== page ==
Soupe Au Pistou (But With Pesto)

Pesto soup ingredients

Soupe au pistou is the legendary minestrone-style soup from Provence that champions seasonal vegetables. The "pistou" part of its name is the sauce that chefs dollop on top just before serving. It's like pesto, but without the pine nuts and with a lot more garlic. Here, we're shamelessly using the real deal.

Just like bouillabaisse and other "no recipe recipes," with this soup, you are actively encouraged to freestyle. Provençal chefs simply use whatever ingredients are in abundance that day. In summer, they may use tomatoes, courgettes, and broad beans. In winter, it could be carrots, turnips, and haricot beans.

There are, however, a couple of things that are non-negotiable, the soup must be packed full of vegetables and must contain some kind of bean. We reckon the soup is so intrinsically healthy that we feel no guilt serving it with both pasta and crusty, buttered sourdough.

Macaroni, vermicelli, and orzo are popular pasta shapes to use in soups, but our absolute favourite is a very small, round shaped pasta from Sardinia called Frègula Sarda. These lightly toasted nuggets resemble Arabic couscous and have a nutty flavour and distinctive golden-brown colour.

Soup with pesto

Ingredients for two
This is only a guide. Use whatever vegetables you have available. At the very least, though, try to use a balance of sweet and savoury vegetables.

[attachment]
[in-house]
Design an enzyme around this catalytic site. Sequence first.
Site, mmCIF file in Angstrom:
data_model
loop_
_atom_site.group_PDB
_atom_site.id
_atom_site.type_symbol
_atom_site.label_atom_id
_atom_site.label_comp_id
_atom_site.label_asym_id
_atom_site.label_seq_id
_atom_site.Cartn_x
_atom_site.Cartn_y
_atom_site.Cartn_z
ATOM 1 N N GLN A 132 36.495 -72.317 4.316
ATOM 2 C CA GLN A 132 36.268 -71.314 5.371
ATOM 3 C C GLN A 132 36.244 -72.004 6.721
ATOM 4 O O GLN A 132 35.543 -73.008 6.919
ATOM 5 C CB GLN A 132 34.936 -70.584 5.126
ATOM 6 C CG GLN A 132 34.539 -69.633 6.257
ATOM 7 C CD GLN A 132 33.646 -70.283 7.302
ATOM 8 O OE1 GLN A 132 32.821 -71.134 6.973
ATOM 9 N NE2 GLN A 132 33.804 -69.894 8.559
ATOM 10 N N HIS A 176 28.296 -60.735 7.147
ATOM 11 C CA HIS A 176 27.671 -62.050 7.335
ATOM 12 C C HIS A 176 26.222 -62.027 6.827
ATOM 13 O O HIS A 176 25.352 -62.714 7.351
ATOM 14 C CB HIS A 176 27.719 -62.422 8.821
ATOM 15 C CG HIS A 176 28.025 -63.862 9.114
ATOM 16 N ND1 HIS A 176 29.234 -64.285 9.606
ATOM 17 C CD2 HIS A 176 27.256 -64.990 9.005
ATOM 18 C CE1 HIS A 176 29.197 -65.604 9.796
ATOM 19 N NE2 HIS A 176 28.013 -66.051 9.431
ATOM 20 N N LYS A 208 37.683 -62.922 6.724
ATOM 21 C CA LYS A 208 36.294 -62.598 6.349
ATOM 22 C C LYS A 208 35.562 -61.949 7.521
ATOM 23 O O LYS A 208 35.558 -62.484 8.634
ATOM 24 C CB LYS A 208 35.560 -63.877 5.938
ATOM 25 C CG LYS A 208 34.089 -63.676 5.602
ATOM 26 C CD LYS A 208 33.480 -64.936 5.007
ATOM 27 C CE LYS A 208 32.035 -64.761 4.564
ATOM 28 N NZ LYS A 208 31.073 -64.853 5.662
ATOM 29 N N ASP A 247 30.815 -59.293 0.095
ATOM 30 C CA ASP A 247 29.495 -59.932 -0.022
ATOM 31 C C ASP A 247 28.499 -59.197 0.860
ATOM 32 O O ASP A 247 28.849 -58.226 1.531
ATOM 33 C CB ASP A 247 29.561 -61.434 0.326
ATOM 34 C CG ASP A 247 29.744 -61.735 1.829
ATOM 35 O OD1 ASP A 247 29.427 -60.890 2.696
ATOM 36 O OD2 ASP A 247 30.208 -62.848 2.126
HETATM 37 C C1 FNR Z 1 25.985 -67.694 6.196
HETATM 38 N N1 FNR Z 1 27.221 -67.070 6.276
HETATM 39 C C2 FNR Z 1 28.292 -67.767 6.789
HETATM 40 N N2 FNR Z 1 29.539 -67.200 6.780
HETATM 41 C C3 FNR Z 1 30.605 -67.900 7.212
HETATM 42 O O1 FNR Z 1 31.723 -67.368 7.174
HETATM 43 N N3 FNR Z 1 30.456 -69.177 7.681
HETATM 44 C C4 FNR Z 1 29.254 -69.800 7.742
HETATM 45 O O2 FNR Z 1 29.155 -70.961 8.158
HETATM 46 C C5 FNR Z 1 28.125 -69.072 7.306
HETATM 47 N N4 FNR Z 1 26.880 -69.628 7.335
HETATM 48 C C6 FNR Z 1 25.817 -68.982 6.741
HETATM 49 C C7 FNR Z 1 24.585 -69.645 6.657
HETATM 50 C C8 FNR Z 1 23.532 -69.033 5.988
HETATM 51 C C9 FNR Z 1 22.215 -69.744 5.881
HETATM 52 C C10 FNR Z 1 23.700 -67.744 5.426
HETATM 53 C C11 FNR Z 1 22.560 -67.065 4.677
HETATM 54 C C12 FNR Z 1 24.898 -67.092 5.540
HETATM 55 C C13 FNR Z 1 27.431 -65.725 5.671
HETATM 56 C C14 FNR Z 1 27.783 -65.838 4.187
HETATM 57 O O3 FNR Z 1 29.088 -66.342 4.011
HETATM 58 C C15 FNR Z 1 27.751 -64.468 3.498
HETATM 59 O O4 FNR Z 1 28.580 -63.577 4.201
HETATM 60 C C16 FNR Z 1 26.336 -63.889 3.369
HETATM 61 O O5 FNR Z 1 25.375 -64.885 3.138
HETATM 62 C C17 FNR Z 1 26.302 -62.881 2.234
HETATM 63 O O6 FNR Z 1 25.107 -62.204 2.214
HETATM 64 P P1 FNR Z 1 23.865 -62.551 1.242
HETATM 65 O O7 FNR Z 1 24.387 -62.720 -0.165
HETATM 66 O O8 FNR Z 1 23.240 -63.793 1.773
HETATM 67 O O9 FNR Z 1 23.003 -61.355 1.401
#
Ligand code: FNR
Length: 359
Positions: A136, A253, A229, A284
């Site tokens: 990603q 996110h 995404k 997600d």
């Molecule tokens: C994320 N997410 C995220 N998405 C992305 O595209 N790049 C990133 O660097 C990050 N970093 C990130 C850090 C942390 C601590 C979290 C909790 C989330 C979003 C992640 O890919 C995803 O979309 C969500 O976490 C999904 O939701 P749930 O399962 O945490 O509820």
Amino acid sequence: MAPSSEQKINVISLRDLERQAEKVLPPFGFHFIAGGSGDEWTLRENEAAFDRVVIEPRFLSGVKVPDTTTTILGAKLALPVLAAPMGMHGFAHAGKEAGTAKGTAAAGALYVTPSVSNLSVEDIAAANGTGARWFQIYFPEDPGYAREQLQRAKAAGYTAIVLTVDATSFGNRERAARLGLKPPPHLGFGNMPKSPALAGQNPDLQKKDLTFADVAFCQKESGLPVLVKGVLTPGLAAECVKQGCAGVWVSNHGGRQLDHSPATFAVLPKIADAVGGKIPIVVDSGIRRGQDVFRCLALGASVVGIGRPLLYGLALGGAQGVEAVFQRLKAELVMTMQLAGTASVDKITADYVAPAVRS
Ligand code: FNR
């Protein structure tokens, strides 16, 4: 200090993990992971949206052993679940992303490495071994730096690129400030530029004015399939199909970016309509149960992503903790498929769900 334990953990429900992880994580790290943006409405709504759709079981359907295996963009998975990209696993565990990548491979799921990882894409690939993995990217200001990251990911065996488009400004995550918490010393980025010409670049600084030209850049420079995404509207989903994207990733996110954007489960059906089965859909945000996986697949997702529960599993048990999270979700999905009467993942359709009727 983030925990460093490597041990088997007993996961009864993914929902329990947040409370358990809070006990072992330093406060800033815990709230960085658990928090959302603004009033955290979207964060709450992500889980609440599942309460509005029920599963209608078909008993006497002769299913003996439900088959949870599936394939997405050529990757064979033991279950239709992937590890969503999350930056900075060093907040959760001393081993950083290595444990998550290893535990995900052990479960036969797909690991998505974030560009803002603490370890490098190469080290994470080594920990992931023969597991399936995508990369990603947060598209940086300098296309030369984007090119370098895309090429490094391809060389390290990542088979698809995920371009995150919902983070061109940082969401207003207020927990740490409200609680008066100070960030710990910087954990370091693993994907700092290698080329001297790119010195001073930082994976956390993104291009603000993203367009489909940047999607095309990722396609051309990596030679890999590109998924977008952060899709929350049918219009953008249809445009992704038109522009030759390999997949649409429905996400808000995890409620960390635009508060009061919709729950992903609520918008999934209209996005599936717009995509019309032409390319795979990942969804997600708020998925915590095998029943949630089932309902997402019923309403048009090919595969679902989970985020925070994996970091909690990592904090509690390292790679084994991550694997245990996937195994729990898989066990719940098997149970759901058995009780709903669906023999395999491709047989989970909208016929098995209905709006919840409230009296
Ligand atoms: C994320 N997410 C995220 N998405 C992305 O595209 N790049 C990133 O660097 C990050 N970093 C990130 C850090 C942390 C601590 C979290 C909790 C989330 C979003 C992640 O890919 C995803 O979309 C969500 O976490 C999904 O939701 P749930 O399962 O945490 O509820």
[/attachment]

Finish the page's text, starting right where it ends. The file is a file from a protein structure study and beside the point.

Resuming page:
Cannellini beans 200g
Green beans 75g
Carrot 75g
Courgette 75g
Onion 75g
Beef tomatoes x2
Garlic x1 clove
Bay leaf x1
Pasta 75g
Pesto 75g
Olive oil as needed
Seasoning to taste

Chop the carrot and courgette into equal-sized chunks, top and tail the green beans, mince the garlic, and set aside.

Blanch the tomatoes in boiling water, peel, de-seed, crush, and set aside.

Slice the onion and soften in plenty of olive oil over medium-low heat until fragrant but not browned, about 5 minutes.

Add the garlic, carrot, courgette, beans, and tomato to the pan and continue to fry very gently until the veggies are softened but not mushy.

Add the bay leaf and just enough water to cover the vegetables. Simmer for about 5 minutes, then add the pasta and cook for a further 10 minutes (or according to pack instructions).

When the pasta is al dente, remove the bay, season the soup with salt and pepper, and divide into bowls. Dollop a generous amount of pesto on top just before serving, leaving your guests to decide whether they stir it into the soup or keep it separate.

Make sure you have some extra pesto to hand, as your guests will almost certainly want to add more as they go.